REVIEW SUMMARY:The second half of Marakand (started in The Leopard) that is best read immediately after the first half
BRIEF SYNOPSIS:: The story of Marakand continues, as the grip of the titular Lady upon Marakand is challenged from within and without.
PROS: Fascinating world building; real epic storytelling feel to landscapes, characters, backstory and history; beautiful cover art.
CONS: The ungainly split makes for a rough singular reading experience in both volumes.
BOTTOM LINE: Deep, epic storytelling in a fascinating world that is marred by its split and format.
We crossed the river beds all etched in stone
And up the mighty mountains ever known
Beyond the valleys in the searing heat
Until we reached the caravanserai
–Loreena McKennitt, “Caravanserai”
There is a world in fantasy steeped in its history and myth. A world where the Old Gods have withdrawn, and seven devils, long ago imprisoned and bound, have sought to work their way free to dominate the world of local gods and Men. A world of cultures and societies inspired by Central Asia, the Russian Steppes, and Siberia. From the lost kingdom of Tipyur in the West, through to Nabban and the forest kingdoms over Malagru in the east. Along the trading highway, where the Malagru mountains meet the Pillars of the Sky, there is a great city. A city where three Gods once ruled, but now one, with a dark secret, is ascendant. A Goddess, The Lady, whose rule over the City, and the lands around, is challenged, even as she tightens her grip.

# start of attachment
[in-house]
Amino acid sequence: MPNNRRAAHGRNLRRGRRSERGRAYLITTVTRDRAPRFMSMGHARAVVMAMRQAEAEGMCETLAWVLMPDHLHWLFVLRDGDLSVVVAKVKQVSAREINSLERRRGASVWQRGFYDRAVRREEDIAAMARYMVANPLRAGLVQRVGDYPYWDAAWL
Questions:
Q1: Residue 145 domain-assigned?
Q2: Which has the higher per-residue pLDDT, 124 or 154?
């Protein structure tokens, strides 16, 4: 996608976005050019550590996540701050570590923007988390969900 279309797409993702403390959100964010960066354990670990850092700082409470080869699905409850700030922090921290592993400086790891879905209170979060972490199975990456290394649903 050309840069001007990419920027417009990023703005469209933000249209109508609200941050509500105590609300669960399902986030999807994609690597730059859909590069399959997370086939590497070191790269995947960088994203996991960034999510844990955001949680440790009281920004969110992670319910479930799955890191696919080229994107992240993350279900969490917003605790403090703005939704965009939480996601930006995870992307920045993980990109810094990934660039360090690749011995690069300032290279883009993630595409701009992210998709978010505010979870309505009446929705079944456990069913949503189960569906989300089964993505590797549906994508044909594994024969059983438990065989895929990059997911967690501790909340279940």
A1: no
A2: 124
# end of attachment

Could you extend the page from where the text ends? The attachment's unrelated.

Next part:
Come to Marakand.
Storm Constantine‘s first novel, The Enchantments of Flesh and Spirit, was published in 1987 and is the opening book in her internationally best-selling Wraeththu trilogy. It was followed by The Bewitchments of Love and Hate and The Fulfilments of Fate and Desire. Storm’s work has always crossed boundaries, broken taboos and ventured into territory not normally encountered in the fantasy and science fiction genres. Her androgynous Wraeththu, with their hermaphroditic sexual magic, were certainly a shock to the genre. She has since written twenty three novels in genres ranging from fantasy, dark fantasy and horror to science fiction and slipstream. Immanion Press is bringing all of Storm’s back catalogue back into print. Storm’s new novel is The Moonshawl, a new Wraeththu story.